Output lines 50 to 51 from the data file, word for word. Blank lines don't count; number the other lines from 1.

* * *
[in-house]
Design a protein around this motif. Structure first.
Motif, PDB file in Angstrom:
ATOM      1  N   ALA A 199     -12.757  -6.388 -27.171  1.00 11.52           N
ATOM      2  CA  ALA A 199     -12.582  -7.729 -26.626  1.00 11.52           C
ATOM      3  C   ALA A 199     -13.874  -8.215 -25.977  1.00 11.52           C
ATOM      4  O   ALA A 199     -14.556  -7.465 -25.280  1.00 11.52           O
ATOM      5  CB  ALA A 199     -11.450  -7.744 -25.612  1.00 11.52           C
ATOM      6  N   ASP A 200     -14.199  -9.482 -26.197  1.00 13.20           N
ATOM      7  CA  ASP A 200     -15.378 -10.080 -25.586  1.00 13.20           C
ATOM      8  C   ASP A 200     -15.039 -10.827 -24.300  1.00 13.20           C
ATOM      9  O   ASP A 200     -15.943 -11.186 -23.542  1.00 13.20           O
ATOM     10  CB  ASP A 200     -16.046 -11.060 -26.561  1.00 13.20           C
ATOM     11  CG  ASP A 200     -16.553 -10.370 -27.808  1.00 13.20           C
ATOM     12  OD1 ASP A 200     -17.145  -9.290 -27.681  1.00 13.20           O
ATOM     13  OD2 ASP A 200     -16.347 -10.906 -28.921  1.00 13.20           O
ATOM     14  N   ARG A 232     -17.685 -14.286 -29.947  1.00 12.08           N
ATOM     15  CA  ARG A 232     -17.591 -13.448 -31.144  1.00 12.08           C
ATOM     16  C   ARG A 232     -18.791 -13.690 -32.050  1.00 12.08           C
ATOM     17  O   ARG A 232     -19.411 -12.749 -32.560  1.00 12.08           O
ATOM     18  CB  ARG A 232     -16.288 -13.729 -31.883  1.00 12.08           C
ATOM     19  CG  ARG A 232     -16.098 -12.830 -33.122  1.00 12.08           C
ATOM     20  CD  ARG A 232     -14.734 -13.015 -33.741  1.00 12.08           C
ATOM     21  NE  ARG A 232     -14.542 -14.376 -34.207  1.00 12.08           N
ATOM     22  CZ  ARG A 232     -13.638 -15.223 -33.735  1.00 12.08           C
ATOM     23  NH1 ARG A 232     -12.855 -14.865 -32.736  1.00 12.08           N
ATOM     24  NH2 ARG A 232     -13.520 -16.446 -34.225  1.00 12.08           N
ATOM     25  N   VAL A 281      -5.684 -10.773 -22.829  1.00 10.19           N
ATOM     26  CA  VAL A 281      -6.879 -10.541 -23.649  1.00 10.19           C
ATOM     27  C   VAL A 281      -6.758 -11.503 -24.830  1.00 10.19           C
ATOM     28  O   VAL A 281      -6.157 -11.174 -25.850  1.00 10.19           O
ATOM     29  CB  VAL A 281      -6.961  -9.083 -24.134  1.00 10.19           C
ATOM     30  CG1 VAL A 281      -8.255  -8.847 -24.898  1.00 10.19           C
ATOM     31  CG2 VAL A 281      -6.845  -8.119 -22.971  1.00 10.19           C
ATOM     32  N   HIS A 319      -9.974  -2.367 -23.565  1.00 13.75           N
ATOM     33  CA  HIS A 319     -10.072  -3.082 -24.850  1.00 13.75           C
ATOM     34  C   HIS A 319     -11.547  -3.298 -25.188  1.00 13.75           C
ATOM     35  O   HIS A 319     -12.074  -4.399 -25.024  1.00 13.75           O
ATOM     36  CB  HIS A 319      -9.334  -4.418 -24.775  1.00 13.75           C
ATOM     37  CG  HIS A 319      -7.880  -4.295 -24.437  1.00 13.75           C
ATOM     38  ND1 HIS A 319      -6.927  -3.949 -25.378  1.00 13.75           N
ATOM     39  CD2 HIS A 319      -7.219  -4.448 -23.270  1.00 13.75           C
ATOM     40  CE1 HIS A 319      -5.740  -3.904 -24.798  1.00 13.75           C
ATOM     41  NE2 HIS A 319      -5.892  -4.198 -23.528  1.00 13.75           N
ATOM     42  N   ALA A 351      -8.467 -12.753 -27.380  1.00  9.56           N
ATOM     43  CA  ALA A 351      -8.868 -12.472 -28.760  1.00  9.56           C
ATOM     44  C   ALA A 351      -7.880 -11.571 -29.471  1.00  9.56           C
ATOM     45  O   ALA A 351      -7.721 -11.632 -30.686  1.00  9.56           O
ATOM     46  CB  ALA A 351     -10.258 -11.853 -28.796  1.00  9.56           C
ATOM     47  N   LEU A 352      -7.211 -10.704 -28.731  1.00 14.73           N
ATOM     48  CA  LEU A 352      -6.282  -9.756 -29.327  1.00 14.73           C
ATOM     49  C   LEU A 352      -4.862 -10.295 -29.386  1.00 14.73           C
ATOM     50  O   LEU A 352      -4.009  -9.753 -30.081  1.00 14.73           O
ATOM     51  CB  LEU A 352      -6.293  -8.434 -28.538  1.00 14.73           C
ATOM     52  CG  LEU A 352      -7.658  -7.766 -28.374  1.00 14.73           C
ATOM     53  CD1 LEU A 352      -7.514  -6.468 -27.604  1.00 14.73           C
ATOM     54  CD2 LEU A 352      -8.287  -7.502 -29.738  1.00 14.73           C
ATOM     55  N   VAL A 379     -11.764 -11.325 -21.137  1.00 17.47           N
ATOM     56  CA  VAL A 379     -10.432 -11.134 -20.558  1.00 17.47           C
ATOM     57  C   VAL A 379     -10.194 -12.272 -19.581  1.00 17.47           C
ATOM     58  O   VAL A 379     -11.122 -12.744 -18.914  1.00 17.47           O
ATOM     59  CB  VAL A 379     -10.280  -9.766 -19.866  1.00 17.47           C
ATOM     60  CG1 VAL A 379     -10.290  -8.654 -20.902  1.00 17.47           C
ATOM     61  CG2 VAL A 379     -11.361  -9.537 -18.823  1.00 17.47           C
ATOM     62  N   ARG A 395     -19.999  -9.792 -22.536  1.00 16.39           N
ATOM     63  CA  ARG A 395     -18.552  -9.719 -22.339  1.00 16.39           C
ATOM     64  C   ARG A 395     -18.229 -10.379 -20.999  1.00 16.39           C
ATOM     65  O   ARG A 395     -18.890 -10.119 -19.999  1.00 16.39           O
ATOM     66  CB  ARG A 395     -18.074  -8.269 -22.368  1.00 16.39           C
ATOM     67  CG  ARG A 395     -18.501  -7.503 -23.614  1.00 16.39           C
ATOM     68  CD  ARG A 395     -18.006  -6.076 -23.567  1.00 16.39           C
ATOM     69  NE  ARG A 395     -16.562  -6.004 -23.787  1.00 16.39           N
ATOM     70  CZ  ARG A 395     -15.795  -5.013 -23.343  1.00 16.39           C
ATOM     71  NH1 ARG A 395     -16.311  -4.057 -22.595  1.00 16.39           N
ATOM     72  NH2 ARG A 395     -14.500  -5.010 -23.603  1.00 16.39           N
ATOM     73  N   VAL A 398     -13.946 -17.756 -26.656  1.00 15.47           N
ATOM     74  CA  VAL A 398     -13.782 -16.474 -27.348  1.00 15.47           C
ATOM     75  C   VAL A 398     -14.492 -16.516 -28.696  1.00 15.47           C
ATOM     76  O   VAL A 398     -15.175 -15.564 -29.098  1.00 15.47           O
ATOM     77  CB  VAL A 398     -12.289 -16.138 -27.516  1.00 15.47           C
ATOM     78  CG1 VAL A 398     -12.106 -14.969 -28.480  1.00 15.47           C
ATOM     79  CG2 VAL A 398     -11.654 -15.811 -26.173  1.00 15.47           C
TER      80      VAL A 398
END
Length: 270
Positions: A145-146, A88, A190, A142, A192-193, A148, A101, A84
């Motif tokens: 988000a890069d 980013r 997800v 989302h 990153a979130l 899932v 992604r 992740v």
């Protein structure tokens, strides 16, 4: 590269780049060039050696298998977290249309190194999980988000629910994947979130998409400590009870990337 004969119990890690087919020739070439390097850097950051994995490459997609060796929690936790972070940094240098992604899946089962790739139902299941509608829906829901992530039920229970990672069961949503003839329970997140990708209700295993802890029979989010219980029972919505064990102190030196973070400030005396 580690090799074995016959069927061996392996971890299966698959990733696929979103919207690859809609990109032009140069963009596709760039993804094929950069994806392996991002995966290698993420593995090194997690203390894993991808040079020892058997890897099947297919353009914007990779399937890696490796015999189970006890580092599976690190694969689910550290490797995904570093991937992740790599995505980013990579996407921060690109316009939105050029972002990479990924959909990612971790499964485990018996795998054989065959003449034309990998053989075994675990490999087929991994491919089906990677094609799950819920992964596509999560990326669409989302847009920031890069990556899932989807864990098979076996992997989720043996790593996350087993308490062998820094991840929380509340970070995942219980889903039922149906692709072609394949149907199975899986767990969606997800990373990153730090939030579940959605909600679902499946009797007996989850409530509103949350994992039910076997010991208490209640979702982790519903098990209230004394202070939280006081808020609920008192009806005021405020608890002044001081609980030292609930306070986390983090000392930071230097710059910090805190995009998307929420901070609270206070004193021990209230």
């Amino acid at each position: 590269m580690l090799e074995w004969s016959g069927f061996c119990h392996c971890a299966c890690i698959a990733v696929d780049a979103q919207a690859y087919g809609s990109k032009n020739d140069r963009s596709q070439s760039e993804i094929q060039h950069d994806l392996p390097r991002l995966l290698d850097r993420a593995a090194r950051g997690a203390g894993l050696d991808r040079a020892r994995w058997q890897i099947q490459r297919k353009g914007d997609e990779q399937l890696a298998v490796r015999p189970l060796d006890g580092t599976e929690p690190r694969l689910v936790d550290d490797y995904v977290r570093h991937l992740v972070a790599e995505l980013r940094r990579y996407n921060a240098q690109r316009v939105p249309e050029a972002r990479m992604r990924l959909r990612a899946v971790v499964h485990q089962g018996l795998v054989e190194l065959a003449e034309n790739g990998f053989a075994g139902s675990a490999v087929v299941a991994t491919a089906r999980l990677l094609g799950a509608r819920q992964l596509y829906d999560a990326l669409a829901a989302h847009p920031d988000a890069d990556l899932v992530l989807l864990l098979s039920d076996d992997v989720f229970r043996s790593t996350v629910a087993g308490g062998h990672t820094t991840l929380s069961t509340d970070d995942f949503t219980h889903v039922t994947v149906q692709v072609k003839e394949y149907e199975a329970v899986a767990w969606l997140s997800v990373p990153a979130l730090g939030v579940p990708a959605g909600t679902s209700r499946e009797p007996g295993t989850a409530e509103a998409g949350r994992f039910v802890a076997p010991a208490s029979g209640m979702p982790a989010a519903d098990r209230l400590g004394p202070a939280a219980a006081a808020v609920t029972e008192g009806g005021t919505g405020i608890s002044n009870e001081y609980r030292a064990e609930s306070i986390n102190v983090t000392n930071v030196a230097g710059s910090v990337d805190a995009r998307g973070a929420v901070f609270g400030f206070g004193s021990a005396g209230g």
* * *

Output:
ATOM     47  N   LEU A 352      -7.211 -10.704 -28.731  1.00 14.73           N
ATOM     48  CA  LEU A 352      -6.282  -9.756 -29.327  1.00 14.73           C